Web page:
The Toronto Raptors made a big bet this summer when they pulled the trigger on a blockbuster trade to get Kawhi Leonard, a move that might leave them empty-handed next offseason. But for this season, they knew they'd have one of the best players in the league, and Leonard is already showing why.
The team is out to a fantastic 7-1 start, with their only loss coming on Monday night against the still-undefeated Bucks with Leonard out of the lineup for rest. But he was back in action on Tuesday night in the Raptors' big 129-112 win over the 76ers. It was a showcase game for Leonard, who led the way on both ends, and proved exactly why the Raptors brought him to town.
He poured in 31 points on just 19 shots, grabbed seven rebounds and dished out four assists. And of course he was creating havoc on the defensive end, where he swiped four steals and locked up Ben Simmons, helping to force the Sixers point guard into a career-high 11 turnovers.
Leonard matched up with Simmons to start the game, and right from the opening tip wouldn't give the youngster any space. In fact, on the first possession of the game, Leonard simply took the ball from Simmons.
A few possessions later, Leonard read what Simmons was going to do on the fast break, and deflected his pass for another steal.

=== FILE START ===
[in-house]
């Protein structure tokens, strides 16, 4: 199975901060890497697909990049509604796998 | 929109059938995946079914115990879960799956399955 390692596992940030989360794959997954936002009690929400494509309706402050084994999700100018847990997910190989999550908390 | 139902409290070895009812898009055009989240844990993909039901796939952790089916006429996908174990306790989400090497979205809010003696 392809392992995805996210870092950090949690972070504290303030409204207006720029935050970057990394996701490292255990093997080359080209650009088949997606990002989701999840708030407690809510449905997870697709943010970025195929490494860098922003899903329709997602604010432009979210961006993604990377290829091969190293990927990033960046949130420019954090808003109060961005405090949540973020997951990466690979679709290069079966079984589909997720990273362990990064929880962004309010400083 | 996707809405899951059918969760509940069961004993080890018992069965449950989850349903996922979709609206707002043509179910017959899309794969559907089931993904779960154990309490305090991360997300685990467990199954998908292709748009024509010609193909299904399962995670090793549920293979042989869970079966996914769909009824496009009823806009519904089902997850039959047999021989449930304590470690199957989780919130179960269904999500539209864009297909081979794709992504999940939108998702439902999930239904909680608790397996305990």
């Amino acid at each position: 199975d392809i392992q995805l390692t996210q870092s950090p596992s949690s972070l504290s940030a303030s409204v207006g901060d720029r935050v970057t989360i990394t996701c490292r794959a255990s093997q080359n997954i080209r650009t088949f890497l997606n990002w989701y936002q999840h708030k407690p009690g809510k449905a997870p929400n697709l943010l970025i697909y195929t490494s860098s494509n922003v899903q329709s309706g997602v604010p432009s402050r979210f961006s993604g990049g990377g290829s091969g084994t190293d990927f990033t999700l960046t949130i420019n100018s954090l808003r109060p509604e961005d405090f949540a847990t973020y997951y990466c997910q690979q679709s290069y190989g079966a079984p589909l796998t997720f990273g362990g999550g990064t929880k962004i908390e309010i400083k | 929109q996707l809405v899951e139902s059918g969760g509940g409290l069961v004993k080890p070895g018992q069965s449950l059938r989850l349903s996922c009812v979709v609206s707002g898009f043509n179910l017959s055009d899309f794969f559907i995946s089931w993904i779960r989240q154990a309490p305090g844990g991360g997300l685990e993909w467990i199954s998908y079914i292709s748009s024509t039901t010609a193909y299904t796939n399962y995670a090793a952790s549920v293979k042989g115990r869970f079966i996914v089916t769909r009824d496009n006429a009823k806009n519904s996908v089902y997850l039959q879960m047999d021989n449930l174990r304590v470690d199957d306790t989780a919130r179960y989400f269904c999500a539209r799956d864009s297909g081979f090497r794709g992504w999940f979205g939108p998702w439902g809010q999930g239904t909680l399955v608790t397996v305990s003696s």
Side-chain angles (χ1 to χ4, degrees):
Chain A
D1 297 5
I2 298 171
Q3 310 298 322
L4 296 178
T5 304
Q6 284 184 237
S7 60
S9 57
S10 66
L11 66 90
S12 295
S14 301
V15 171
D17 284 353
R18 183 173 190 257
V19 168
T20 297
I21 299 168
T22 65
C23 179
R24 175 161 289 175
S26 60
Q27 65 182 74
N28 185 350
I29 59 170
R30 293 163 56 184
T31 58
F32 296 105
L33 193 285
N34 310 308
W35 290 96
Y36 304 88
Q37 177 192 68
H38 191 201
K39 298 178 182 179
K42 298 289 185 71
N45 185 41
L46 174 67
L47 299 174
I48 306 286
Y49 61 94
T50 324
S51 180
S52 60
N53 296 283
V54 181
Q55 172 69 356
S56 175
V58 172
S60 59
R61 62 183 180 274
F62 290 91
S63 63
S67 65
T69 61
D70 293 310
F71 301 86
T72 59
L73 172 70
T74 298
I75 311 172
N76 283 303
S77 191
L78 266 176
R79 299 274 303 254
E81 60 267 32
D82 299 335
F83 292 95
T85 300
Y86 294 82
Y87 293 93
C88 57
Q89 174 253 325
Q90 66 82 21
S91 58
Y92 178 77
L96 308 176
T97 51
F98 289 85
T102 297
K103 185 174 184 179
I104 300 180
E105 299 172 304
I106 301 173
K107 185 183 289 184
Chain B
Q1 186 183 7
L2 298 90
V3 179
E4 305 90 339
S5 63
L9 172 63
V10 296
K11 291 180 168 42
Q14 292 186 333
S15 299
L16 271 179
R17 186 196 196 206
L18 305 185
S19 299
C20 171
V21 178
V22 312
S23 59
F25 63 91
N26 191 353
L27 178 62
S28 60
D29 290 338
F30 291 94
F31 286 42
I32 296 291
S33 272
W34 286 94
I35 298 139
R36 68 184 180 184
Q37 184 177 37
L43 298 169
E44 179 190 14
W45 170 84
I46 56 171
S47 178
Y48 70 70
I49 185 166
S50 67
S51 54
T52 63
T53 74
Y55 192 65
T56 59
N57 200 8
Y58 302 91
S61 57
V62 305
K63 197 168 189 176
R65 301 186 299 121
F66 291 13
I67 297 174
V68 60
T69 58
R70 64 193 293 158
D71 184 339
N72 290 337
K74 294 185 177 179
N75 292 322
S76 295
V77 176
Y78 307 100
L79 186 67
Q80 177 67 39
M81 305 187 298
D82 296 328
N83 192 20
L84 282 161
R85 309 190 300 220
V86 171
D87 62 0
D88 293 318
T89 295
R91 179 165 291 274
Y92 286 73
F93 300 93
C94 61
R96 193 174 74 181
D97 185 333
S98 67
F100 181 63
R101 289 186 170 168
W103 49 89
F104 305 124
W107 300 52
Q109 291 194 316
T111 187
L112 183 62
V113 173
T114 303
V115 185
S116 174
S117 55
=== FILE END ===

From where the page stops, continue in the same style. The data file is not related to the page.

(Side note: the defensive strategy the Raptors employed here -- using a big to wall off Simmons in transition and force him to kick it out, where other defenders are waiting -- is the same one the Celtics had success stopping Simmons with in the playoffs. It will be interesting to see if this becomes a trend in the league.)
These two types of plays would reappear throughout the night. Late in the second half, after switching off Simmons -- the Raptors do a lot of switching -- Leonard once again read his eyes and jumped into the passing lane for a steal.
Poor J.J. Redick.
And then late in the fourth, Leonard put his finishing touch on the game by once again taking the ball straight from Simmons.
It wasn't all Leonard, of course. Simmons had some offensive fouls and one possession where he just lost the ball out of bounds while going up for a layup. But the Raptors' defensive mastermind set the tone early by forcing two quick turnovers, and frustrated Simmons all night long. Philly's young star finished with the wrong kind of triple-double in the game, registering 11 points, 10 assists and 11 turnovers.
Leonard's ability to take key opponents out of games like this is why he's won the Defensive Player of the Year Award twice already in his career, and why the Raptors were willing take a huge risk -- and trade away a beloved All-Star in DeMar DeRozan -- to acquire him. If he keeps playing like this, it might just turn out to have been worth it.